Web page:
The climate changes we humans have inflicted on the planet are now so deeply embedded, they are showing up in our daily weather.
Researchers from Switzerland and Norway now claim to have detected the "fingerprint" of climate change in every single day of weather in the global record since 2012.
The distinction between climate and weather is one that scientists have been hammering on about for years. And while the two are closely intertwined, they are generally considered distinct, with weather referring to short-term conditions and climate referring to longer trends.
Swiss climate scientist Reto Knutti told The Washington Post he's not sure the difference is so distinct anymore.
"Weather is climate change if you look over the whole globe," he argues.
That means weather on a local scale still doesn't show a climate change signal. But if you roll these regions out into a global perspective, the variations in temperature and humidity do hold the stamp of humanity. And they are clearly distinguishable from what would happen naturally.
So, some regions of the world can still get really cold - they can even break temperature records - but if it's simultaneously warmer than average in other parts of the world, it won't impact the overall climate trend.
Using machine learning along with climate models and data, Knutti and his colleagues found daily mean weather values from 1951 to 1980 barely matched up with those from 2009 to 2018.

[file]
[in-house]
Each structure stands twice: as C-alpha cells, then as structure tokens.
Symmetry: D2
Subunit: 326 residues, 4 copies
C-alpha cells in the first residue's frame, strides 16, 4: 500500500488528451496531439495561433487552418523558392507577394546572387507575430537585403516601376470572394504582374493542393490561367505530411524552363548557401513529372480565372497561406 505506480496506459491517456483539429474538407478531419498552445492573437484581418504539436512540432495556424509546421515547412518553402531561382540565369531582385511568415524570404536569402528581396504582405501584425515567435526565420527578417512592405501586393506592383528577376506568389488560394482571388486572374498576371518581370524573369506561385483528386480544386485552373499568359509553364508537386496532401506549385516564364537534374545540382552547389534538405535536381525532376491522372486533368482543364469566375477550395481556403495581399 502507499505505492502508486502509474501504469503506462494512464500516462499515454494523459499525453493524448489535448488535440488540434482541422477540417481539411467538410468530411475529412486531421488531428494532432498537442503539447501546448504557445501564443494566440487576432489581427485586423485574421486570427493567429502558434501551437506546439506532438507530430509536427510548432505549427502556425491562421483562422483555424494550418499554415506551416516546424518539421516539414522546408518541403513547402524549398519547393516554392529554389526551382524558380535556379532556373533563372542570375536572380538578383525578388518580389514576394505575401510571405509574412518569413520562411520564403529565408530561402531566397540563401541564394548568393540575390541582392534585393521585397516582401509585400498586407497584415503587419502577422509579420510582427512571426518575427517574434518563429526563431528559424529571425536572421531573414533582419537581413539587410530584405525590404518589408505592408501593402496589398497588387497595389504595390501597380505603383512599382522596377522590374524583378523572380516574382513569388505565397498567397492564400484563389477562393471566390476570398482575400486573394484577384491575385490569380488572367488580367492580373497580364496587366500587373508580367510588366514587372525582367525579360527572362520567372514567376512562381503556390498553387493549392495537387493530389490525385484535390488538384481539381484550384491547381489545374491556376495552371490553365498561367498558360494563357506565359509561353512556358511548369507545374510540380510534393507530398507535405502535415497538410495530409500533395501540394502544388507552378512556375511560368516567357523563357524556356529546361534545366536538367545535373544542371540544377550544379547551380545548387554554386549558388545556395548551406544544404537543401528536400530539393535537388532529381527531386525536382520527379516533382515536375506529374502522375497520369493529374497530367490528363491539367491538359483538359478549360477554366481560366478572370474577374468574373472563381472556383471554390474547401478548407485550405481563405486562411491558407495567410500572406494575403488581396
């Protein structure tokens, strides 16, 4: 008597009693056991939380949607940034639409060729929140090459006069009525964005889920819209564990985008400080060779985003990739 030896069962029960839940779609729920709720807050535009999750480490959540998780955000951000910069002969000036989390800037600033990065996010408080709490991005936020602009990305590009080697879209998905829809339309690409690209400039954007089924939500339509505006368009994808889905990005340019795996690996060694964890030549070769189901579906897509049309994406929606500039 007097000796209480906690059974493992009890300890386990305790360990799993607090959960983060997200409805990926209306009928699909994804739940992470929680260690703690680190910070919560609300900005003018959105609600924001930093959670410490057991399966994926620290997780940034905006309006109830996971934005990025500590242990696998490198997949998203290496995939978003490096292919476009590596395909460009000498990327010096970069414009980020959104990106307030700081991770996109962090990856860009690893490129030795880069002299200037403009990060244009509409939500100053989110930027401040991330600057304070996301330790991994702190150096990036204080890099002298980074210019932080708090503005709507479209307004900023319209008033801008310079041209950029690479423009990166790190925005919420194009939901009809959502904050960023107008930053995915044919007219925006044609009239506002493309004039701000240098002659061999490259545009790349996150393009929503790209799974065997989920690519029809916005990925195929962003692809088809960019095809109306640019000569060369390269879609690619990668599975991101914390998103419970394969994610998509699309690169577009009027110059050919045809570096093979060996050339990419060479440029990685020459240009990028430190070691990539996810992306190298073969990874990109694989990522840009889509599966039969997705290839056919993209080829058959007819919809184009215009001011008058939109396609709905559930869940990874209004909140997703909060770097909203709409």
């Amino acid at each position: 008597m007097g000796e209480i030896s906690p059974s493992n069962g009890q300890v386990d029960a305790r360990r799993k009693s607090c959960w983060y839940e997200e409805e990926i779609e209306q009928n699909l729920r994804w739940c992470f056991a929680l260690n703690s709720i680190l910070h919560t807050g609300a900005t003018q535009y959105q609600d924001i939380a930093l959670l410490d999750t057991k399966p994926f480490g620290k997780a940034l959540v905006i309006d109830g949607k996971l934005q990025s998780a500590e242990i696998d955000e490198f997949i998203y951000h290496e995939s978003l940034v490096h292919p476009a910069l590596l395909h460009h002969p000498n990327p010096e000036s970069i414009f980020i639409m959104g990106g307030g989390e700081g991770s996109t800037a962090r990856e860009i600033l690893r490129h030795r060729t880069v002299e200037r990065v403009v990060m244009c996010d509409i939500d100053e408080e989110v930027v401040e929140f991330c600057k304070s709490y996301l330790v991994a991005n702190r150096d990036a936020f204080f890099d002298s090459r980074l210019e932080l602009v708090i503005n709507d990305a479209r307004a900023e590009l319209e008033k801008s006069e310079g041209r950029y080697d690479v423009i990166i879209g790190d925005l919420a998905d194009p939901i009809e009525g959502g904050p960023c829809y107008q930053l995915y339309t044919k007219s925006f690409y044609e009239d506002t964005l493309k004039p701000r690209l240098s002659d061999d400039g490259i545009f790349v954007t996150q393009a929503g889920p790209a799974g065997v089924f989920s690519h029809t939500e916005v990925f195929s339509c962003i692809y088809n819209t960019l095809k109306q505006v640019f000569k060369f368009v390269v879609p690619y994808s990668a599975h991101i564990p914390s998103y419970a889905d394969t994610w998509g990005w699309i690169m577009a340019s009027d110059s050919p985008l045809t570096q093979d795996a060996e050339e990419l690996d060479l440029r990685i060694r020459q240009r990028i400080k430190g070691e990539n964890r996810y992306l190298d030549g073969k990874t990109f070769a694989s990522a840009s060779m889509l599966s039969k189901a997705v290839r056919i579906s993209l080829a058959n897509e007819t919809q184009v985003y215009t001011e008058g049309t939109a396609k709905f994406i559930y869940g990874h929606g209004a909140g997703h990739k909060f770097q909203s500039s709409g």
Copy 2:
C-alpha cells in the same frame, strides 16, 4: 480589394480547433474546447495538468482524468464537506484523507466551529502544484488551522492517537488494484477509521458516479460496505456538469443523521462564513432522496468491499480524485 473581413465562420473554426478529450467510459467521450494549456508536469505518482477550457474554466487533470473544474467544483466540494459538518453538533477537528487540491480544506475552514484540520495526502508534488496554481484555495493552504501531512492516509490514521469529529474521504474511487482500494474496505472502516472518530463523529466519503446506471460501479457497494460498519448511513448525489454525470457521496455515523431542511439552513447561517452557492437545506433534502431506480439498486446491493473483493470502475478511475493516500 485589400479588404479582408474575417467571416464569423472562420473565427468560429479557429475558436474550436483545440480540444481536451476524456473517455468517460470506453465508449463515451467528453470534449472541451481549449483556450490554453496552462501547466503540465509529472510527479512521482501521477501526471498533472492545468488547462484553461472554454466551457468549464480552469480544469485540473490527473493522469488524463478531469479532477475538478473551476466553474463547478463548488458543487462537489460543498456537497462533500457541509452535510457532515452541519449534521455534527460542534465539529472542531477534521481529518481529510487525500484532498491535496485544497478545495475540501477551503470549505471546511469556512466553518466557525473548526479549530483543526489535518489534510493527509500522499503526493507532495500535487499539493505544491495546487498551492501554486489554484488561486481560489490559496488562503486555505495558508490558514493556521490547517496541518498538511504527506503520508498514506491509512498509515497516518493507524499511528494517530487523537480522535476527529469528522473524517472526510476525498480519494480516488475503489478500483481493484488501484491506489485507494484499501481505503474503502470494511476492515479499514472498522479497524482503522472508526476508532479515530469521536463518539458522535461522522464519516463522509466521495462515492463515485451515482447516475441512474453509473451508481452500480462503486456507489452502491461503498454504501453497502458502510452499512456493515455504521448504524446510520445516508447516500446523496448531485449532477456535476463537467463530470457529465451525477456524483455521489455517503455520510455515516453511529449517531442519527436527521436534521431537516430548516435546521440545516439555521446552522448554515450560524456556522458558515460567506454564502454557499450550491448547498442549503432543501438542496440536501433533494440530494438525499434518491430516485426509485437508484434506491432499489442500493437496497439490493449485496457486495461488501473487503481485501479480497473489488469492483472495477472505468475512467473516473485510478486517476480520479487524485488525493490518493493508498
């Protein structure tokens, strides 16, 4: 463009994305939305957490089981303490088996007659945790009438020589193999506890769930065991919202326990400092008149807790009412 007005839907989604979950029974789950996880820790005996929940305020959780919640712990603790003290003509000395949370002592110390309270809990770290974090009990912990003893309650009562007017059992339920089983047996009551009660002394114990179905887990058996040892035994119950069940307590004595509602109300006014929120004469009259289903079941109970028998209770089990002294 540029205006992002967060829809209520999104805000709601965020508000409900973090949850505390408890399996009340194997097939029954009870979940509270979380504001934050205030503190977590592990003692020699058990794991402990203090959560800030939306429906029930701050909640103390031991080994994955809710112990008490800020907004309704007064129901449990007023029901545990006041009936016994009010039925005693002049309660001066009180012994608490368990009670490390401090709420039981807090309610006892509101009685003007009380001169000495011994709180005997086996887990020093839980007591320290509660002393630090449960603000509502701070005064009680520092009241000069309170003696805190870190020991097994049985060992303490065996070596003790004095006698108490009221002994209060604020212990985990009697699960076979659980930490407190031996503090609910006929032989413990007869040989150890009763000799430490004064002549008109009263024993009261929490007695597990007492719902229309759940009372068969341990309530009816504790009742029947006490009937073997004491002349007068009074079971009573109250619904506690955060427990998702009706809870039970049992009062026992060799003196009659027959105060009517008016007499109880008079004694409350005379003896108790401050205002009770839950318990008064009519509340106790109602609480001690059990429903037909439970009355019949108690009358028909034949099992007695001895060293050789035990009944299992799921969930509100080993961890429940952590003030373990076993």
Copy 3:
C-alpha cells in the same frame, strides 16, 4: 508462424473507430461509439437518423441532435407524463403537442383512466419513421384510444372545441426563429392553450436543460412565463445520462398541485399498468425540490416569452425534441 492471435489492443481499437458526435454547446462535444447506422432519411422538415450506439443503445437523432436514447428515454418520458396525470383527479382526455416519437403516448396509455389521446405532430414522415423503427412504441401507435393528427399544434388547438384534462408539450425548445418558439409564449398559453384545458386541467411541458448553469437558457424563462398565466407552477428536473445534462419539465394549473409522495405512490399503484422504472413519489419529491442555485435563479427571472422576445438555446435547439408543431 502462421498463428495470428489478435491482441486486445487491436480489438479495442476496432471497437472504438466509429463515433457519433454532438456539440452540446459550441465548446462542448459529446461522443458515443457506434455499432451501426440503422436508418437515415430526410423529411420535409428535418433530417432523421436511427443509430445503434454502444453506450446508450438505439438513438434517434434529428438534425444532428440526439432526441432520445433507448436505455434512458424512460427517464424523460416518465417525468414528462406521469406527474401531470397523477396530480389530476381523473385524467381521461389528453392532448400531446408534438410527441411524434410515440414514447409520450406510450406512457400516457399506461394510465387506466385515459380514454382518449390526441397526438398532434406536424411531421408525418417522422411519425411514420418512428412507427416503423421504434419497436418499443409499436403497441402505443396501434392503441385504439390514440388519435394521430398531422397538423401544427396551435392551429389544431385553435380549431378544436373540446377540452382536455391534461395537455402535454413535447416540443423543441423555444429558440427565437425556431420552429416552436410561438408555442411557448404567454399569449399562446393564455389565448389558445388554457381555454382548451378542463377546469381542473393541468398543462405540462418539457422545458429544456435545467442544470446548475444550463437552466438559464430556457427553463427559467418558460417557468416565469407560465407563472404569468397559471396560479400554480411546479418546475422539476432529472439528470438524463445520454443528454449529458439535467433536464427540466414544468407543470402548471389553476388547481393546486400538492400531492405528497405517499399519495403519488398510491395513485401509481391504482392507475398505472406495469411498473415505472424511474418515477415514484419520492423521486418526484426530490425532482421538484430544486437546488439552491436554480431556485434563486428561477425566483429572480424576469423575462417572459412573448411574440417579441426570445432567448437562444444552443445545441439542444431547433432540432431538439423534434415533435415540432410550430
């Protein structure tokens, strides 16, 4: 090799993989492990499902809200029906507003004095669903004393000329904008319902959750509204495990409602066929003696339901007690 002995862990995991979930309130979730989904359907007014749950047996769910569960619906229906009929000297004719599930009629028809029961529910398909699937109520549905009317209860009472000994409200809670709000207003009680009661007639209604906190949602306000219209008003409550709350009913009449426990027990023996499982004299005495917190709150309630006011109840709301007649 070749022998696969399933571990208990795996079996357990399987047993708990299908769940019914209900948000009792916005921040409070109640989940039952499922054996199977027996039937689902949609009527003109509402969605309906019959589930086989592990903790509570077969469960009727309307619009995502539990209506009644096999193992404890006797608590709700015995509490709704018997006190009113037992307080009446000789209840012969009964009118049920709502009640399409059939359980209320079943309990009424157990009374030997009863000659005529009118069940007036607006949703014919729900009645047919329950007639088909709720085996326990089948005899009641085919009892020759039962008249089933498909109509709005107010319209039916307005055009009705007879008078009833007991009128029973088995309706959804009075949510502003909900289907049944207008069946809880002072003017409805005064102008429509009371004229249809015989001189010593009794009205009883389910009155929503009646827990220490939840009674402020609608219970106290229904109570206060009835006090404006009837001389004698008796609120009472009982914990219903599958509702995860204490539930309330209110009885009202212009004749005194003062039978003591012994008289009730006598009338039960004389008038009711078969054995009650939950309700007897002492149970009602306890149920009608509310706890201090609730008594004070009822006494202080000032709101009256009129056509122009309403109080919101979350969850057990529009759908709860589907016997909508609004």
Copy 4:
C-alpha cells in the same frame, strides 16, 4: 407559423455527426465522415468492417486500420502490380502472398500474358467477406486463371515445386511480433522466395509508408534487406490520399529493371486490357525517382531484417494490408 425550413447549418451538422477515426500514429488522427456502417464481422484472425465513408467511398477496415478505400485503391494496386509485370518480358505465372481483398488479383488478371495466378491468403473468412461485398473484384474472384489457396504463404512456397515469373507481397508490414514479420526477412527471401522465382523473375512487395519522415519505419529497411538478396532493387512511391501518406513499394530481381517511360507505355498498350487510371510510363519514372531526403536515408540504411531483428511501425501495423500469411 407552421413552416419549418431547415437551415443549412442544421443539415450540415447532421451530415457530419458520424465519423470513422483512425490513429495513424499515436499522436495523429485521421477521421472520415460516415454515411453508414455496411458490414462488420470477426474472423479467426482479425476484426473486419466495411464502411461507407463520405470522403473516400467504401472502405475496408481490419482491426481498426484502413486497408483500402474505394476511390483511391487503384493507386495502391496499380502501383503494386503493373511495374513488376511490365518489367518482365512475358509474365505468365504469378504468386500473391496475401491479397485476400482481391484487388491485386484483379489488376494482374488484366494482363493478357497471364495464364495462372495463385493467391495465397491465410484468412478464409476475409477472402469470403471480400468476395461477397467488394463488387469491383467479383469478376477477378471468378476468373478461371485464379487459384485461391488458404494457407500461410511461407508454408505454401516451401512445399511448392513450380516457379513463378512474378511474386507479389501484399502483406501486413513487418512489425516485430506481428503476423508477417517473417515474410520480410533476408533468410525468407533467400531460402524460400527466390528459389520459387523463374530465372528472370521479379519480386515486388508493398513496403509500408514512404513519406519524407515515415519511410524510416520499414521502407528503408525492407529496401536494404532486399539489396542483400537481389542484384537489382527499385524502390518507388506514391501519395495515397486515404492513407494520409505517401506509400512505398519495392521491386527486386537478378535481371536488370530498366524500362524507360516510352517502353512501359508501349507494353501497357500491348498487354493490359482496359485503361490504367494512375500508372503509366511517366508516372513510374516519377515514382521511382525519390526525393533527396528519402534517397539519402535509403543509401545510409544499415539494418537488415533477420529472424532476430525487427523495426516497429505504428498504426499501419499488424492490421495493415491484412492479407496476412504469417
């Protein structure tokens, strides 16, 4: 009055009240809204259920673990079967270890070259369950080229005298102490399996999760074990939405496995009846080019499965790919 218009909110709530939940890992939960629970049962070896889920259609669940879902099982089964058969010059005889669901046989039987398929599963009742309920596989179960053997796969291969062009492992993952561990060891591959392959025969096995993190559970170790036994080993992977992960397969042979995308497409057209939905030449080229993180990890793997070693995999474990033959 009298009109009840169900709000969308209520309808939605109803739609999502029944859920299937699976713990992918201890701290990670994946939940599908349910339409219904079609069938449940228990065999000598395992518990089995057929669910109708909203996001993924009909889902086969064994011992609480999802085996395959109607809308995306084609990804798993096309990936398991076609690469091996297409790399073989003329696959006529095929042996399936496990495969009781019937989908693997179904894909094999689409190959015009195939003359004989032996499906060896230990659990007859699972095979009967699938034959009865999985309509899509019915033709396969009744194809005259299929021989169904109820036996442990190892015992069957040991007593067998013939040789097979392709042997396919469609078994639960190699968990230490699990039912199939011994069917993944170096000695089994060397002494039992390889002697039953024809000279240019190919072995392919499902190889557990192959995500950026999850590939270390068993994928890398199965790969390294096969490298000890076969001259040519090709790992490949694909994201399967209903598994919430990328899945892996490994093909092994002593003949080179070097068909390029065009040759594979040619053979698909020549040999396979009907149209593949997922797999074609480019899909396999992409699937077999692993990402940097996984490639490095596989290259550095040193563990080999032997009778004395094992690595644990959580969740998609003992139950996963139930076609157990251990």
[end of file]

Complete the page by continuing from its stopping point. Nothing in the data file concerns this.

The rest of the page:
Examining yearly data, the authors noticed the stamp of climate change on global weather went back to 1999. And from 2012, it could be seen every single day. And the signal of climate change is now so big it's greater than global daily weather variability.
"Weather at the global level carries important information about climate," explains Knutti. "This information could, for example, be used for further studies that quantify changes in the probability of extreme weather events, such as regional cold spells."
In recent years, scientists have detected stronger links between global warming and changing weather patterns, and while it's difficult to blame any one storm on climate change, the overall pattern for heat waves, droughts and storms is clear.
The new findings suggest climate change is more deeply rooted than we thought, but if we can figure out how to link long-term trends with short-term weather events, it could help us prepare for the worst.
"This gives rise to new opportunities for the communication of regional weather events against the backdrop of global warming," says Knutti.
The study was published in Nature Climate Change.